Massachusetts, for example, is about to pick one of the three bids it got from companies vying to build one of the nation’s first commercial-scale offshore wind farms. Equipped with the capacity to generate enough electricity to power as many as 150,000 homes, the turbines located about 20 miles southwest of Martha’s Vineyard would be among several big offshore wind projects that could transform the grid.
We lead an offshore wind energy graduate program at the University of Massachusetts that brings together engineering, wildlife ecology, public engagement and political science students. Through this work, we have come to believe offshore will become a major new source of domestic renewable energy for the nation.
This new Massachusetts venture is planned to be built only a few miles away from the site that had been slated for Cape Wind, which was supposed to be the first commercial-scale offshore wind project ever built in the U.S. What changed after those plans collapsed in 2015 following a 13-year effort?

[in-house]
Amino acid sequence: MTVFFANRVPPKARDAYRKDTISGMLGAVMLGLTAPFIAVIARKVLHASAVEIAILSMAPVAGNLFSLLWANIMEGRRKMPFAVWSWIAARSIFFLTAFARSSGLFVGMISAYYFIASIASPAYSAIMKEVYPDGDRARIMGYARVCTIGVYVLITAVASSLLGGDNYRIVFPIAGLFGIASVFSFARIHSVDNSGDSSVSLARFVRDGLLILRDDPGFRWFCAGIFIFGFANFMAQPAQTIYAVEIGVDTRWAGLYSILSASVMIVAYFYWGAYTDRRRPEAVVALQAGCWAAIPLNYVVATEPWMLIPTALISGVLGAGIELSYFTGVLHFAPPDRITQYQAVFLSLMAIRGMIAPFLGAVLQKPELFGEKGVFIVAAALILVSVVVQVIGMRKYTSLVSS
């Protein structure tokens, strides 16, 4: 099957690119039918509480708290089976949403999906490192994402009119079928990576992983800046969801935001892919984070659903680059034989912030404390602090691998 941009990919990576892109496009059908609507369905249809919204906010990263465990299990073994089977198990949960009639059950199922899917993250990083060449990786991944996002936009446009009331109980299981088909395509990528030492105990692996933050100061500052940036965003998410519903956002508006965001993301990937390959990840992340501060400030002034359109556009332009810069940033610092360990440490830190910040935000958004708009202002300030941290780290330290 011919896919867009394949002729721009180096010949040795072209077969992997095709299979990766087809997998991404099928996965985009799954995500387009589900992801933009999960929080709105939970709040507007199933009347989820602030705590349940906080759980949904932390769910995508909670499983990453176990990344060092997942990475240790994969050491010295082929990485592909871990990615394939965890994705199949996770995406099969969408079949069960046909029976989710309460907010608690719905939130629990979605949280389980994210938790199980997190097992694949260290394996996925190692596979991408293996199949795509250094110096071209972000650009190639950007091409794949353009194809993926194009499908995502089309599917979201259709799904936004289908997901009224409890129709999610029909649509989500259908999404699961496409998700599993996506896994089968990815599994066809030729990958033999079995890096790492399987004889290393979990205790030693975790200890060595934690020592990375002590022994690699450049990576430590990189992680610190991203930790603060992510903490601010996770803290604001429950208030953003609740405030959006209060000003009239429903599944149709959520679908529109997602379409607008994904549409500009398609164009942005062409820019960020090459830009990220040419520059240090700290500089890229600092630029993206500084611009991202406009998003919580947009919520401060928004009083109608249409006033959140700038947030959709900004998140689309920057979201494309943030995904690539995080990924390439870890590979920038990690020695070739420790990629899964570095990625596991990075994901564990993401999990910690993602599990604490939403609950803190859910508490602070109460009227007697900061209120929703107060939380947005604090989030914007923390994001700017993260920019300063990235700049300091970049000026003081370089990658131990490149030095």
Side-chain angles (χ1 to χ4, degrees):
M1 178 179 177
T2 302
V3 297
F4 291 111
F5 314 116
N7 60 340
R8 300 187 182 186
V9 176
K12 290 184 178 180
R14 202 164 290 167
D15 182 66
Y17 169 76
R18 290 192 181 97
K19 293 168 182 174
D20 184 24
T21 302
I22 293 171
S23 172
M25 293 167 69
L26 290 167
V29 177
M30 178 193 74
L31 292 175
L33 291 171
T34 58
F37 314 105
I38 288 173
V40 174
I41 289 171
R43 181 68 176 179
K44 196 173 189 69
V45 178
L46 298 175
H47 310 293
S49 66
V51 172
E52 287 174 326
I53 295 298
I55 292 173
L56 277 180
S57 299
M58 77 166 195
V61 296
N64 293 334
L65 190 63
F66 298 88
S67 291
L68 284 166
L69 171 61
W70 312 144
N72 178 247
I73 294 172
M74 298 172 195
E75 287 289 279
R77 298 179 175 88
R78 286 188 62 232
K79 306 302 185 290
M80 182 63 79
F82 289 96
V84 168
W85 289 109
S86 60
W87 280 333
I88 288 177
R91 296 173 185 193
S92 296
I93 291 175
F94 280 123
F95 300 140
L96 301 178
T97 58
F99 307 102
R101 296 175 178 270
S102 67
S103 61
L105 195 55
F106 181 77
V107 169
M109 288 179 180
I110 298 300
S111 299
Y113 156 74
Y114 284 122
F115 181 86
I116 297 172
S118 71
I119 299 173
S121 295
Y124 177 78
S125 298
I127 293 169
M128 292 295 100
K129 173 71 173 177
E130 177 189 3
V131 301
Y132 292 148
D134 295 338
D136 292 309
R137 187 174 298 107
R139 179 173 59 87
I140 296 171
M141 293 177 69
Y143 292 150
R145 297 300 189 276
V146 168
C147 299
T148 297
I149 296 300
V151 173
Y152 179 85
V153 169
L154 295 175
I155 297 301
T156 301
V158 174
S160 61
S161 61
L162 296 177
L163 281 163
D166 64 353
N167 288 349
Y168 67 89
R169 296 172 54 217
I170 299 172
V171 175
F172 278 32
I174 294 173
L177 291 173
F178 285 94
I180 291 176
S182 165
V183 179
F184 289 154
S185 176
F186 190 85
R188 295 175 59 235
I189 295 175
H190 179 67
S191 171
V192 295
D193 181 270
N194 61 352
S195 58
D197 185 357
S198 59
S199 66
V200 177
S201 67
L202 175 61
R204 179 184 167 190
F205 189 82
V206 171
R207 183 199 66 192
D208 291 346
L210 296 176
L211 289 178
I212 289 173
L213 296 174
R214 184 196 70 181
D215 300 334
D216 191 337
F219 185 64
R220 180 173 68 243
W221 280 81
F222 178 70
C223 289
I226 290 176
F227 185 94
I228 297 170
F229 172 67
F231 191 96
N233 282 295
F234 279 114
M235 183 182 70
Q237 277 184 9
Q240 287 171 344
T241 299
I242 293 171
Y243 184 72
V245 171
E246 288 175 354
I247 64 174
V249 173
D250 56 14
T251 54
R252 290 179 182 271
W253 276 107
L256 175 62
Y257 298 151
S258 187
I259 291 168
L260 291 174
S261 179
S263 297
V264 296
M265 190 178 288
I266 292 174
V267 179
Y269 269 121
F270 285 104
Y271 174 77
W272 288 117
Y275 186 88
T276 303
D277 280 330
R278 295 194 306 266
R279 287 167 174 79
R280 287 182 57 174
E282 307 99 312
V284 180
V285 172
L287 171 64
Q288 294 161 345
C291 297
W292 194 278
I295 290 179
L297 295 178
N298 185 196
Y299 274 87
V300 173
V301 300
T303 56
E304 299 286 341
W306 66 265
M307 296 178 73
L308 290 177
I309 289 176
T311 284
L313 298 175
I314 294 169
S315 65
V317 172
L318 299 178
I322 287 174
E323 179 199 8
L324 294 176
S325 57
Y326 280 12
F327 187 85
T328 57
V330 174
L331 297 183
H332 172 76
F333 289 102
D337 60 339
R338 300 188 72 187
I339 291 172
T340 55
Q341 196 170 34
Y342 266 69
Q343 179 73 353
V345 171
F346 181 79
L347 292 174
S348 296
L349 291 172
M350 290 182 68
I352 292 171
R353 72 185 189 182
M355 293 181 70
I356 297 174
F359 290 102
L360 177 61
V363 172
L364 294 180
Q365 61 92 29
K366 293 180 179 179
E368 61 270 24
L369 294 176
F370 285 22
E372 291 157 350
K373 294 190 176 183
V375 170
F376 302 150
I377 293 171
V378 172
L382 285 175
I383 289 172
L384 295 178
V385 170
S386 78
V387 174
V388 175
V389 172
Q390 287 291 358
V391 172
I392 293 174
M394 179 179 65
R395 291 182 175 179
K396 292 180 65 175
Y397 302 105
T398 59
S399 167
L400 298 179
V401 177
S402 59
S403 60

Perhaps the biggest momentum is coming from market forces, which have improved. Cape Wind’s troubles stemmed from a mix of high costs and public and political opposition that doomed the project. But, the pace of nuclear and coal-fired plant closures has picked up since then.
Meanwhile, the cost of generating electricity through wind off the coast of Europe, the one region where the industry has gained critical mass, has decreased sharply.
Here in the U.S, the Trump administration is approving new leases for offshore wind development. And the industry is gaining state-level support, especially in an East Coast corridor that runs as far south as North Carolina.
Despite Cape Wind’s demise, Massachusetts became the first state to set offshore wind goals in 2016. It aims to install at least 1,600 megawatts of electricity — enough to power over 600,000 homes — by 2027.
Soon after, New York released an even more ambitious master plan, which aims to install 2,400 megawatts of electricity by 2030. Then, New Jersey went further, committing to a 3,500-megawatt goal by 2030.
Besides these three states, another five — Maryland, Virginia, Rhode Island, North Carolina and Delaware — are also moving forward, with federally approved leases to develop offshore wind farms. One in 5 Americans lives in these eight states. The 600,000 jobs the Energy Department predicts that onshore and offshore wind energy will create by 2050 help explain their interest.
Meanwhile, things are moving forward in other states as well. Hawaii plans to rely heavily on offshore wind as part of its goal of getting all its power from renewable sources by 2045. Like states on the West Coast, Hawaii has not gotten federal approval yet for any leases.